“We are embarking on a path that in a month and a half will lead to replacing the leadership and to a social change,” he said. “We will defend Israel from the racism, corruption, occupation and religious coercion of the Netanyahu government.”
Polls after the launch showed the Democratic Union winning between 10 and 12 seats, with Labor the big loser, dropping to 5 to 7.
Ahead of Shaffir’s decision to bolt, Labor’s new leader Amir Peretz concluded a controversial merger with Orly Levy-Abecassis, head of the Gesher party, which failed to gain Knesset representation in the April vote. Levy-Abecassis will be No. 2, and was promised two other slots for Gesher in the top 10 of the united list. Peretz and Levy-Abecassis also agreed that there would be no further mergers for their parties.
Barak hoped that the pact with Levy-Abecassis, who was a noted campaigner for social issues when she served as a Yisrael Beytenu MK, would attract voters from the “soft Right” and particularly from the social-economic and geographical periphery. However, the initial polls following the merger showed no noticeable shift between the blocs.
The Democratic Union was still hoping to woo other leading figures, including former foreign minister Tzipi Livni, ahead of the August 1 deadline for presenting Knesset lists for the September election.
Intensive last-minute contacts also took place among the parties to the right of the Likud, in an effort to form a joint list to ensure there would be no repeat of the April election when hundreds of thousands of votes were lost due to the New Right and Moshe Feiglin’s Zehut party failing to cross the threshold.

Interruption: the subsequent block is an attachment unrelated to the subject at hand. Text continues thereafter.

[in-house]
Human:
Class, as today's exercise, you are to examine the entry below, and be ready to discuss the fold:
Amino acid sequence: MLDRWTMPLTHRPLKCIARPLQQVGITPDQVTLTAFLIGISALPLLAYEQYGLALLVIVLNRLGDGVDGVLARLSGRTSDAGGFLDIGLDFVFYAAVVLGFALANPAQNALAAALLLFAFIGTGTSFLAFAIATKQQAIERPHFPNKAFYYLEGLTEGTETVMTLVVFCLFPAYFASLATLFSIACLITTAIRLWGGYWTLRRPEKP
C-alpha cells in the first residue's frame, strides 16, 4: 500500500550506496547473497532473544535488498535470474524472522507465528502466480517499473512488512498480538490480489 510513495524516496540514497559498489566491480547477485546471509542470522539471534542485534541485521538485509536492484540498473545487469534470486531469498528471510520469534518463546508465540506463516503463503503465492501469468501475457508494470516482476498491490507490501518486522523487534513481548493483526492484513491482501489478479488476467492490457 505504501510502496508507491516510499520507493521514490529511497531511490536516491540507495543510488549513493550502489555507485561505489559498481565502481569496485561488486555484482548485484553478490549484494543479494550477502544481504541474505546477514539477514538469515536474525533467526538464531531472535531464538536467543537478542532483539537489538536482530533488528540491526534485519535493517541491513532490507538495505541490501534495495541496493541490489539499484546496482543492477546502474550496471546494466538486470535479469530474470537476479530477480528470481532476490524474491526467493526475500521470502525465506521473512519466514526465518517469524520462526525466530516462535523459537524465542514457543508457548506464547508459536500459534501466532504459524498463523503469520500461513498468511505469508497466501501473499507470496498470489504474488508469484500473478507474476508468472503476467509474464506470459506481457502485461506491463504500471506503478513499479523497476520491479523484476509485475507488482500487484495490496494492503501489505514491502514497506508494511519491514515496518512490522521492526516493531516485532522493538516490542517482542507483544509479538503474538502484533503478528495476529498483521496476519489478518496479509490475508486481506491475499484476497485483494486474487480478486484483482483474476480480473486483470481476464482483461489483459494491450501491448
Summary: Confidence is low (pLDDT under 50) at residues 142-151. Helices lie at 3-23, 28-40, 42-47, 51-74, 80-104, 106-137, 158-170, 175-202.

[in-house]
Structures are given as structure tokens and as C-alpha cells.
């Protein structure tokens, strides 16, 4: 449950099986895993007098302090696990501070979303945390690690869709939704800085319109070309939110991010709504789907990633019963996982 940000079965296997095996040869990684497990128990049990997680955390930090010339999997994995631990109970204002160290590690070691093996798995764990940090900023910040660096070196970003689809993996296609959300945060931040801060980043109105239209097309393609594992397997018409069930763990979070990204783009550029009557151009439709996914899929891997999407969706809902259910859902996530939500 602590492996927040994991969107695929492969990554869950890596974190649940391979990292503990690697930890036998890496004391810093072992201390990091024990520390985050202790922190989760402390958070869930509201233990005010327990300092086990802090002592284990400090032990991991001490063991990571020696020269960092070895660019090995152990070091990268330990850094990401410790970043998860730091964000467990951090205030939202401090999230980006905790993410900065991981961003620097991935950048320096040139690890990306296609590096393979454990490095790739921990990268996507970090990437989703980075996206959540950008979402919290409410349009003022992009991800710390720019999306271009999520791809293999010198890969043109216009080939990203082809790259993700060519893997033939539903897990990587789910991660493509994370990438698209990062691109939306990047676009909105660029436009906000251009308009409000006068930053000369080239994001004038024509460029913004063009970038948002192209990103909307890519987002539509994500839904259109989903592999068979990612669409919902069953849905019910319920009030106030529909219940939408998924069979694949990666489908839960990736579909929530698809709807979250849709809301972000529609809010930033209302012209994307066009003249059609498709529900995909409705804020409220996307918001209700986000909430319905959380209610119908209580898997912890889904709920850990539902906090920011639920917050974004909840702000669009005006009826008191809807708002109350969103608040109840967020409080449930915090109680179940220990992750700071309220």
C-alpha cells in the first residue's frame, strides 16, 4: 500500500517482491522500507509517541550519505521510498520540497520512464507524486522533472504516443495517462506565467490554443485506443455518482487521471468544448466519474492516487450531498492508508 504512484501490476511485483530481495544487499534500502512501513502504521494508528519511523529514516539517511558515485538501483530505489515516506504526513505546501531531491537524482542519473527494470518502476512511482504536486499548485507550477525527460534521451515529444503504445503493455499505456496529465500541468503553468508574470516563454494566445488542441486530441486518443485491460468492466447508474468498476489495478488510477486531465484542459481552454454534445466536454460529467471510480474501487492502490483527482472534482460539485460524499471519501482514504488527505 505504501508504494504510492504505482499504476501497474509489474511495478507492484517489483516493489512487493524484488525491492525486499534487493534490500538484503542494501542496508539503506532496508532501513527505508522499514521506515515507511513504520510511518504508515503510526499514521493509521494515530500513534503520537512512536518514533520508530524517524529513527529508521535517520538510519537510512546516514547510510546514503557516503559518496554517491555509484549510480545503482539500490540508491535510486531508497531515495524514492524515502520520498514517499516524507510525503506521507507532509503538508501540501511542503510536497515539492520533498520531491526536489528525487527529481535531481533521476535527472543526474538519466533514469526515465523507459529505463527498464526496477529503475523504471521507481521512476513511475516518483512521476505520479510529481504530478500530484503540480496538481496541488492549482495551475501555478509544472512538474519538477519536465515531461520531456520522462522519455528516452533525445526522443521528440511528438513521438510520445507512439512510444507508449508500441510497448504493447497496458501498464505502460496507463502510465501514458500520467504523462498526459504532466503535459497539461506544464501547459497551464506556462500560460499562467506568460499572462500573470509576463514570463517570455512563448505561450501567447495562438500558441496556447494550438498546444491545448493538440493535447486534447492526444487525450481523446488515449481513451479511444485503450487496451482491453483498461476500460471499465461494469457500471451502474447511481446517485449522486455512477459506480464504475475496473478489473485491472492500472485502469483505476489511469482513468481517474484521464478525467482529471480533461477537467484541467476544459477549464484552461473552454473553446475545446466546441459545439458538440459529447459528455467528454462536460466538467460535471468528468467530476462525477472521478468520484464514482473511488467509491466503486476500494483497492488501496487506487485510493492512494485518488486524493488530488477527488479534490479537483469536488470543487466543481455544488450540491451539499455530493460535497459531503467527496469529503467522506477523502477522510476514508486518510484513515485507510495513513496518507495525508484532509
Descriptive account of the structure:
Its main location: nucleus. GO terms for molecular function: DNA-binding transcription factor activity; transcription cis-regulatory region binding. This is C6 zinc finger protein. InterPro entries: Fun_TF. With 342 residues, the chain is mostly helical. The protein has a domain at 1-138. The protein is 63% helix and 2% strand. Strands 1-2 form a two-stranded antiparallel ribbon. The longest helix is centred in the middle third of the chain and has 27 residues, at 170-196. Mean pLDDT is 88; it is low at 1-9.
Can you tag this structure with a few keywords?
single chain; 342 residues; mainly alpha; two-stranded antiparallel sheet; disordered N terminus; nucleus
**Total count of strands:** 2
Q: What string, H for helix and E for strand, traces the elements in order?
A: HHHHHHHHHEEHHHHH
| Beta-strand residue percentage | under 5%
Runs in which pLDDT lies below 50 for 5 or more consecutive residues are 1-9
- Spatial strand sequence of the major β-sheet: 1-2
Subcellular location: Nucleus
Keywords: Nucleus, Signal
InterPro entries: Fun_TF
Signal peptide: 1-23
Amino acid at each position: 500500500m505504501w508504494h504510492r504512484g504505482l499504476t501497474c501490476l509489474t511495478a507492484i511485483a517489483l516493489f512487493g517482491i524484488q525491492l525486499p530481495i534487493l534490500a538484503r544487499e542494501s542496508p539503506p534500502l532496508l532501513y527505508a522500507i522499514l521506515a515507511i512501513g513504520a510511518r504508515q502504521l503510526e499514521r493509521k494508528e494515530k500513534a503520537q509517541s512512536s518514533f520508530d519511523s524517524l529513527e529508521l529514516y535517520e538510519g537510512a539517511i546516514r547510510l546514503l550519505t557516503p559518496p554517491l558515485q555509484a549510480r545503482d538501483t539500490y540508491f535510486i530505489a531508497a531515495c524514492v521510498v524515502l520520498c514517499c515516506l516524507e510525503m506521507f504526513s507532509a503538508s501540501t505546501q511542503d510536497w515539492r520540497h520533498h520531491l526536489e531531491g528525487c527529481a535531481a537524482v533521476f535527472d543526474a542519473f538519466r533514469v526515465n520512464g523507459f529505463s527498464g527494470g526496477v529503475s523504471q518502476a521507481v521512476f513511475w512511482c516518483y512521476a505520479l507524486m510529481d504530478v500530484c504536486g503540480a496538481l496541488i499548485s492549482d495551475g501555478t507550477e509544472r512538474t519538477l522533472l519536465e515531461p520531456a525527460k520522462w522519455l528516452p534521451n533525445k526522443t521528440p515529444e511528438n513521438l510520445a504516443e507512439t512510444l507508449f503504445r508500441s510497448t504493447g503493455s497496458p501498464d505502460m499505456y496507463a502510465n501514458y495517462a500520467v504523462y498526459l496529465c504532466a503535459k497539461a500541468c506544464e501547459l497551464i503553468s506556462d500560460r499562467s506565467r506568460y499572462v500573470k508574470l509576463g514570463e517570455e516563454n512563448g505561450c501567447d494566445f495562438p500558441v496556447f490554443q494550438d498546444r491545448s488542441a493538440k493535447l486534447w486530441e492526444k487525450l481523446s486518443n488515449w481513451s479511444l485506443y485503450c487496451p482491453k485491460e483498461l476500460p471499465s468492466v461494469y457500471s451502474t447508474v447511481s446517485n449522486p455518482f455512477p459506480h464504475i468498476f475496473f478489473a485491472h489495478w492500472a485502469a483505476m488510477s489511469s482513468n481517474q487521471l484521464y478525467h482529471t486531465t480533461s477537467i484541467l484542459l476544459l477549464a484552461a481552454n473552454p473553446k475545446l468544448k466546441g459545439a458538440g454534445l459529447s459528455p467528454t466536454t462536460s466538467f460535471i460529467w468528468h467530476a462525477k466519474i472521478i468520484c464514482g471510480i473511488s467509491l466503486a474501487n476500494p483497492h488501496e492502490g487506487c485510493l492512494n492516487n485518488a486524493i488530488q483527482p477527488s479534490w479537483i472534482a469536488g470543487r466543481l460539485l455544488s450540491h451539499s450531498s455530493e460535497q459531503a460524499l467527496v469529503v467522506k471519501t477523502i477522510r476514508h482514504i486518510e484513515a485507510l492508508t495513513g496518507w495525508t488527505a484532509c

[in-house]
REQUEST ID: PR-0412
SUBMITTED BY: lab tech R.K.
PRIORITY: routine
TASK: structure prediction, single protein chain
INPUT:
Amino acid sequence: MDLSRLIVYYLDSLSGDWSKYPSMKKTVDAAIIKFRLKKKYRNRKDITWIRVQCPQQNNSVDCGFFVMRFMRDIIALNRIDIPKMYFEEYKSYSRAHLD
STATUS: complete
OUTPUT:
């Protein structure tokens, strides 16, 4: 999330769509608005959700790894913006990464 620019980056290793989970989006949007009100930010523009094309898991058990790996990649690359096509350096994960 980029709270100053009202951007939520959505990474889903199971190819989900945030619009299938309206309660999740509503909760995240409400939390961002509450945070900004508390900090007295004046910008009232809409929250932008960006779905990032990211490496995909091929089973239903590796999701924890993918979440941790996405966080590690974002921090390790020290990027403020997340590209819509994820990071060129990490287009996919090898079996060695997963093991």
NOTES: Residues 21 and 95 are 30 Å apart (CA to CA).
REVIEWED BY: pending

The reemergence of the New Right – this time led by Ayelet Shaked, who replaced Naftali Bennett as party leader – prompted pressure for a unified list, together with Bayit Yehudi and the National Union.
Bayit Yehudi leader Rabbi Rafi Peretz agreed that Ayelet Shaked would head the list as all the polls showed she could attract the most votes.
“There are still gaps and controversies, but they are not major,” said Shaked. “I expect my friends – Bayit Yehudi chairman Rabbi Rafi Peretz and National Union chairman Bezalel Smotrich – to make every effort, just as I have been doing over the past month, in order to merge the entire spectrum of religious-Zionism parties, as well as the secular ideological right.”
However, the list is a technical bloc that in all likelihood will split after the election. The New Right, led by Shaked, will operate as a separate Knesset faction, as will the Union of Right-Wing Parties headed by Rafi Peretz.
Another technical bloc of sorts also emerged in the Arab sector, where the four main parties – Hadash, Ta’al, Ra’am and Balad – agreed at the end of July, after weeks of negotiations, to run on a united list.
Heading the slate will be Hadash MK Ayman Odeh, who expressed the hope that the reemergence of the Joint List will boost voter turnout among Israeli Arabs to over 70%, compared with just under 50% in the April election, when the Arab parties ran separately.
According to the polls, the Joint List is projected to win 10 to 11 seats.
While much more can happen until September 17, it appears that the result could be very similar to the last poll on April 9 – and that’s when the situation could get really interesting.